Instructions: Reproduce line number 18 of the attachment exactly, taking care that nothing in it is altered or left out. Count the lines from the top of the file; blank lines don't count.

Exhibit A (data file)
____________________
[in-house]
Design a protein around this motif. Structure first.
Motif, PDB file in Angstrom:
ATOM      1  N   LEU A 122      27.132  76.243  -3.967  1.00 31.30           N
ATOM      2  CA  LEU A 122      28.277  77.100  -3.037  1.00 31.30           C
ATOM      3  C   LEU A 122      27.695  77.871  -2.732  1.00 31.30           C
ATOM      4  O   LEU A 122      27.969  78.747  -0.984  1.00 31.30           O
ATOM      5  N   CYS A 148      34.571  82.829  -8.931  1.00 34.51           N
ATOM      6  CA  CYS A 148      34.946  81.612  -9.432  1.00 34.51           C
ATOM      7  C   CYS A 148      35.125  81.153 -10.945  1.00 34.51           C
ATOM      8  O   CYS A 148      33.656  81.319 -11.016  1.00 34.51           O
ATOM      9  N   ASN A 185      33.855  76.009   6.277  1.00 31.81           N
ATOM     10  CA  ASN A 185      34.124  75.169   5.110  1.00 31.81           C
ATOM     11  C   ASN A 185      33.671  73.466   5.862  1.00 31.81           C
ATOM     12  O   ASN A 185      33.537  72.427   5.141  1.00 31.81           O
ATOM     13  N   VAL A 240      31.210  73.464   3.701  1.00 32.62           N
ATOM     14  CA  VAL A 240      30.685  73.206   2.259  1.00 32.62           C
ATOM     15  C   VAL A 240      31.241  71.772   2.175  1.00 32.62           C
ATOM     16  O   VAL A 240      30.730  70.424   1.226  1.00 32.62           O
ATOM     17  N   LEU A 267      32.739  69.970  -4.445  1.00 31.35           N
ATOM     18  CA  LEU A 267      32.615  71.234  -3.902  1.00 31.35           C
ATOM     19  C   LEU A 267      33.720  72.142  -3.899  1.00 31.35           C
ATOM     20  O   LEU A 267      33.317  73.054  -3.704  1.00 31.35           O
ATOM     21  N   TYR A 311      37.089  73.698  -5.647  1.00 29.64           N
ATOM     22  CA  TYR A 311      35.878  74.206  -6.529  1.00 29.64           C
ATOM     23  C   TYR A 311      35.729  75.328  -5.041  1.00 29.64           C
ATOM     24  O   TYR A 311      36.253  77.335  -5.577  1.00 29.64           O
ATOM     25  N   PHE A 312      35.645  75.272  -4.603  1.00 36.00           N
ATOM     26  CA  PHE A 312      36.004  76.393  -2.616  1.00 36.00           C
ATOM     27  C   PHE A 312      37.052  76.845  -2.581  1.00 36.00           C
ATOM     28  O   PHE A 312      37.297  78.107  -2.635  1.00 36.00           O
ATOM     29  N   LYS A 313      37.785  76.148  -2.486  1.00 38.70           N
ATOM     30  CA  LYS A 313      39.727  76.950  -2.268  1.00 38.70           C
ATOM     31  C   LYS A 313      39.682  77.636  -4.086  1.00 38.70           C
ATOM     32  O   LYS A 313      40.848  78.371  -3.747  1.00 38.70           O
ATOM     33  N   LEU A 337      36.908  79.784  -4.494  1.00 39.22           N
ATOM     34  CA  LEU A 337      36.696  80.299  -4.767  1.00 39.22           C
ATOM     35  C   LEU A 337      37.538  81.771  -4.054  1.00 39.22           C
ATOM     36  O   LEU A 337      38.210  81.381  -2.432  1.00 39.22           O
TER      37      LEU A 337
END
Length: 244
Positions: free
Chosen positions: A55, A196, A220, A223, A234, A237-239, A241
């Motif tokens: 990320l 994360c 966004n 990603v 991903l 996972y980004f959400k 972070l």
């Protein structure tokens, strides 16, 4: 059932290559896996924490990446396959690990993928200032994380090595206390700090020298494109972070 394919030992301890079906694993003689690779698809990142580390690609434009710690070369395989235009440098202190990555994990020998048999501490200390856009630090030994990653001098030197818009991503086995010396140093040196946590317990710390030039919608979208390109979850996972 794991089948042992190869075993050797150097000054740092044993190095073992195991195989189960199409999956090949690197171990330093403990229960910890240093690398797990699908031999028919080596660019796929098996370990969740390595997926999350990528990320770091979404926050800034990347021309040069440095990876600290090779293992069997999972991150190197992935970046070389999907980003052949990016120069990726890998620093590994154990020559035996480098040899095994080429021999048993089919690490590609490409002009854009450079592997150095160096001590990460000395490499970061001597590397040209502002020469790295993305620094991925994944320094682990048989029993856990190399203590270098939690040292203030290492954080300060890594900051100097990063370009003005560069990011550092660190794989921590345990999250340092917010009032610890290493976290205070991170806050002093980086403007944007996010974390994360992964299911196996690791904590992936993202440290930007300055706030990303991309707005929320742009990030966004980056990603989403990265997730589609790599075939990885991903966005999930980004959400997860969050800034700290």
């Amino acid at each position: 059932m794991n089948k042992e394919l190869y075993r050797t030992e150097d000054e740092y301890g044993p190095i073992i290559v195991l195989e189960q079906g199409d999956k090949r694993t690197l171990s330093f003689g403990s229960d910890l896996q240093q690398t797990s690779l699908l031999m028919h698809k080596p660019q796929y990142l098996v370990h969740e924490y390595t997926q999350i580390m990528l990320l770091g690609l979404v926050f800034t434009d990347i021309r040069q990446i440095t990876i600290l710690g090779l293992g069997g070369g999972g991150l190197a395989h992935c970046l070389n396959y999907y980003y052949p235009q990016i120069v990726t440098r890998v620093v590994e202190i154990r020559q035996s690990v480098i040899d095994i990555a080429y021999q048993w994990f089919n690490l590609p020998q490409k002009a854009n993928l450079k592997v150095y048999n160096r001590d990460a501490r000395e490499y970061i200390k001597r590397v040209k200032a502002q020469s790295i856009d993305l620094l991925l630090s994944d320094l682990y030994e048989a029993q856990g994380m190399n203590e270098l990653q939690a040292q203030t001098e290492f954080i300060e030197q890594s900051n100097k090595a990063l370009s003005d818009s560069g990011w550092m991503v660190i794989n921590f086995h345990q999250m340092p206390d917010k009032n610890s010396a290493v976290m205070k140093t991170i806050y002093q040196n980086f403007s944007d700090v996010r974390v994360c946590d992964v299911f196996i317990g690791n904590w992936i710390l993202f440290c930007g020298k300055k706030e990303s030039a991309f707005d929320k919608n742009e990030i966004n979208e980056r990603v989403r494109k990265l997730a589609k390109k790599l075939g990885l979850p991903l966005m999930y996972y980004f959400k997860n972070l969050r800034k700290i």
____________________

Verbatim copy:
ATOM     15  C   VAL A 240      31.241  71.772   2.175  1.00 32.62           C